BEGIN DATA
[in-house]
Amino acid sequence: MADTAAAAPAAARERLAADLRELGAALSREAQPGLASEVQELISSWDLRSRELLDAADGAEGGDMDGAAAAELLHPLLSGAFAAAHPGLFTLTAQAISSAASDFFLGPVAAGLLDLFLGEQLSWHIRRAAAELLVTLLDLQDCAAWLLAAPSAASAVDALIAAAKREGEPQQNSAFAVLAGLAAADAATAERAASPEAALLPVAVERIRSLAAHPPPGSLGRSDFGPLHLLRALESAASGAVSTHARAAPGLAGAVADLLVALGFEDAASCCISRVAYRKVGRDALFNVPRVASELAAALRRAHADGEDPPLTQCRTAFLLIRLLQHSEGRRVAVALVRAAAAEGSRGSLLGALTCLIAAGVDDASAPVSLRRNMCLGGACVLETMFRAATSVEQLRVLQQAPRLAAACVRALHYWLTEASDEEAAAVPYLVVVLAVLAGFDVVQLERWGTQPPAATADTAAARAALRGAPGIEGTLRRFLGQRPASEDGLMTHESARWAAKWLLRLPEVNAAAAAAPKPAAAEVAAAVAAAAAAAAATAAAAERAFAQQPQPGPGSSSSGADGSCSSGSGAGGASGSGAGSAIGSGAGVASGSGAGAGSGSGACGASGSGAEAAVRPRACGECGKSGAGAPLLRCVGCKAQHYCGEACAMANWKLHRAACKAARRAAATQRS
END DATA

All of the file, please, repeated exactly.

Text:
[in-house]
Amino acid sequence: MADTAAAAPAAARERLAADLRELGAALSREAQPGLASEVQELISSWDLRSRELLDAADGAEGGDMDGAAAAELLHPLLSGAFAAAHPGLFTLTAQAISSAASDFFLGPVAAGLLDLFLGEQLSWHIRRAAAELLVTLLDLQDCAAWLLAAPSAASAVDALIAAAKREGEPQQNSAFAVLAGLAAADAATAERAASPEAALLPVAVERIRSLAAHPPPGSLGRSDFGPLHLLRALESAASGAVSTHARAAPGLAGAVADLLVALGFEDAASCCISRVAYRKVGRDALFNVPRVASELAAALRRAHADGEDPPLTQCRTAFLLIRLLQHSEGRRVAVALVRAAAAEGSRGSLLGALTCLIAAGVDDASAPVSLRRNMCLGGACVLETMFRAATSVEQLRVLQQAPRLAAACVRALHYWLTEASDEEAAAVPYLVVVLAVLAGFDVVQLERWGTQPPAATADTAAARAALRGAPGIEGTLRRFLGQRPASEDGLMTHESARWAAKWLLRLPEVNAAAAAAPKPAAAEVAAAVAAAAAAAAATAAAAERAFAQQPQPGPGSSSSGADGSCSSGSGAGGASGSGAGSAIGSGAGVASGSGAGAGSGSGACGASGSGAEAAVRPRACGECGKSGAGAPLLRCVGCKAQHYCGEACAMANWKLHRAACKAARRAAATQRS